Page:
We don't really have to be chained to Earth by rocket technology limitations

Written by James E. D. Cline, online 2006/01/12:
We don't really have to be chained to Earth by rocket technology limitations. I'm composing a new intro to my website here.

We all know that the only way possible for us to get high enough into space so that we don’t come right back down, is on a rocket all the way up to orbit, right? By the fiery thunderous push of big reaction engines thrusting all the way to earth orbital trajectory, the only possible real way? Actually, there are a couple of other ways possible, and far more efficient orbital access too. But why be concerned with such things?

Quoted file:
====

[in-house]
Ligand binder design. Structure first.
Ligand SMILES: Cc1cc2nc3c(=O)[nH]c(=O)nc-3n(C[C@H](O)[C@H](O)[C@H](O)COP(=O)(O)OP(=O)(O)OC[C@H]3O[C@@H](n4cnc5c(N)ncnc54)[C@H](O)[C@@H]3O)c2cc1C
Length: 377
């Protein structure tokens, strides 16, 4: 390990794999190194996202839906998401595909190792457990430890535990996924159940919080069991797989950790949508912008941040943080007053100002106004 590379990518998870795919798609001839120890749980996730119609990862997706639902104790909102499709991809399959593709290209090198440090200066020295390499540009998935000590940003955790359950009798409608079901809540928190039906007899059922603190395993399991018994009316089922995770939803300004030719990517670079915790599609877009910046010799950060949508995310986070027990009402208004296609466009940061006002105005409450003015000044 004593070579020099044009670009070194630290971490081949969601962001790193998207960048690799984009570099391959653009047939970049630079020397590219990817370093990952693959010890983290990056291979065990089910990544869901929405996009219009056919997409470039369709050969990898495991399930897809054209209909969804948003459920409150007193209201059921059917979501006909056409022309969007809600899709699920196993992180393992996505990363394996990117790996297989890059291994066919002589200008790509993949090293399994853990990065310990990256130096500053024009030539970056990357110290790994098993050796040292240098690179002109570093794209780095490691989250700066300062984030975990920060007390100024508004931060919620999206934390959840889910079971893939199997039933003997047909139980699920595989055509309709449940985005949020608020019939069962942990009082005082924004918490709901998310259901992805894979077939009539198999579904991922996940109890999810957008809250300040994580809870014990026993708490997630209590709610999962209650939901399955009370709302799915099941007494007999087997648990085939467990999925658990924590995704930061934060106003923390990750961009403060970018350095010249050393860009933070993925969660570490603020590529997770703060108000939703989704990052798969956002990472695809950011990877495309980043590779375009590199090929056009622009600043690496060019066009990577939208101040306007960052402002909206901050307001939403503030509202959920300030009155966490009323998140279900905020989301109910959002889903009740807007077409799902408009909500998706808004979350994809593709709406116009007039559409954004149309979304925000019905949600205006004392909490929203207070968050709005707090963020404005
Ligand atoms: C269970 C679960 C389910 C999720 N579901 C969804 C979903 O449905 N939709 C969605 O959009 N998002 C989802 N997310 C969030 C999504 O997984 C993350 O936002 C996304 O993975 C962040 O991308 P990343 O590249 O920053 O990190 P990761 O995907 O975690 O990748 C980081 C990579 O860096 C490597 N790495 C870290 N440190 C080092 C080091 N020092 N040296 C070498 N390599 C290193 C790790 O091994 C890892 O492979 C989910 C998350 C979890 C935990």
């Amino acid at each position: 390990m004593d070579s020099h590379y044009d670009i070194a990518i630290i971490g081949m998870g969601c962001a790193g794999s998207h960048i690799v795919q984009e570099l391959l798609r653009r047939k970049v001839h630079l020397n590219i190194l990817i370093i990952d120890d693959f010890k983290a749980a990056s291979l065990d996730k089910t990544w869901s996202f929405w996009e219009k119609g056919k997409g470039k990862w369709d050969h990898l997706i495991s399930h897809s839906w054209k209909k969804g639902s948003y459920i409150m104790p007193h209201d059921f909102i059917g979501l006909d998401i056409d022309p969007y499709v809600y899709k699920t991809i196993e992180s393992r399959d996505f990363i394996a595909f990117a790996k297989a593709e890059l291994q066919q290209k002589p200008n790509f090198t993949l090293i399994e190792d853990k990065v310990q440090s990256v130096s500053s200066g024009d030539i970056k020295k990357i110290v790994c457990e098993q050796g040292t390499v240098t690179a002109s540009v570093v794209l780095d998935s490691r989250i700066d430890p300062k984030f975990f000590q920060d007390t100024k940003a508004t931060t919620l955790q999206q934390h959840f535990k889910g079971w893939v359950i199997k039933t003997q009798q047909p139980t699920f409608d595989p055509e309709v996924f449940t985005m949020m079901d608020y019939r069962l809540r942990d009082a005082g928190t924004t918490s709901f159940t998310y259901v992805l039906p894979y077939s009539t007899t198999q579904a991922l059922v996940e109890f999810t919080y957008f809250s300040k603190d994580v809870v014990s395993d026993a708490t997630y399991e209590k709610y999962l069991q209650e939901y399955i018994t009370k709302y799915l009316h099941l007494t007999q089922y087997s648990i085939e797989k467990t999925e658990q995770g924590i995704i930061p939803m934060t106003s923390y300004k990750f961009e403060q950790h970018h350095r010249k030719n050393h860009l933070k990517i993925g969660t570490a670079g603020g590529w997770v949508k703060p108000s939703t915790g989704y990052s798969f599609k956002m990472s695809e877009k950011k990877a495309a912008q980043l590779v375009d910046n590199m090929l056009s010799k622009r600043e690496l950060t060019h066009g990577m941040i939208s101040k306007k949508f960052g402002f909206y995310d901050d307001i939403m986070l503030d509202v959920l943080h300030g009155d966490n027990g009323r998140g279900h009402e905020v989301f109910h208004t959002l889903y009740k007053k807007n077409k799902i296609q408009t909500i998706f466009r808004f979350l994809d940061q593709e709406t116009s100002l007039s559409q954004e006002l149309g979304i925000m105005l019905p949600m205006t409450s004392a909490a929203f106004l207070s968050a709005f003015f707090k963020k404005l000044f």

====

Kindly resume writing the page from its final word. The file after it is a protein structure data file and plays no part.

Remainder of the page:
Speaking perhaps a bit too generally in this paragraph: options need to be known so as to make intelligent decisions to guide the direction our future goes. Resources availability and utilization potentials are key items for making these decisions. Access to potential great new resources is explored here, focusing on the basic scientific principles that would be utilized along with the technologies applying them for this purpose. Then the exploration of the resource mechanisms made feasible by this type of access is done, to help decide the value of the potential resource access system, and the potential changes to civilization in general, and individual lives in particular, are projected. Attention also is given to other significant factors governing the actualization of something new, including rival technologies, corporate financial prior commitments, potential relationship to the political aspirations to power of some people.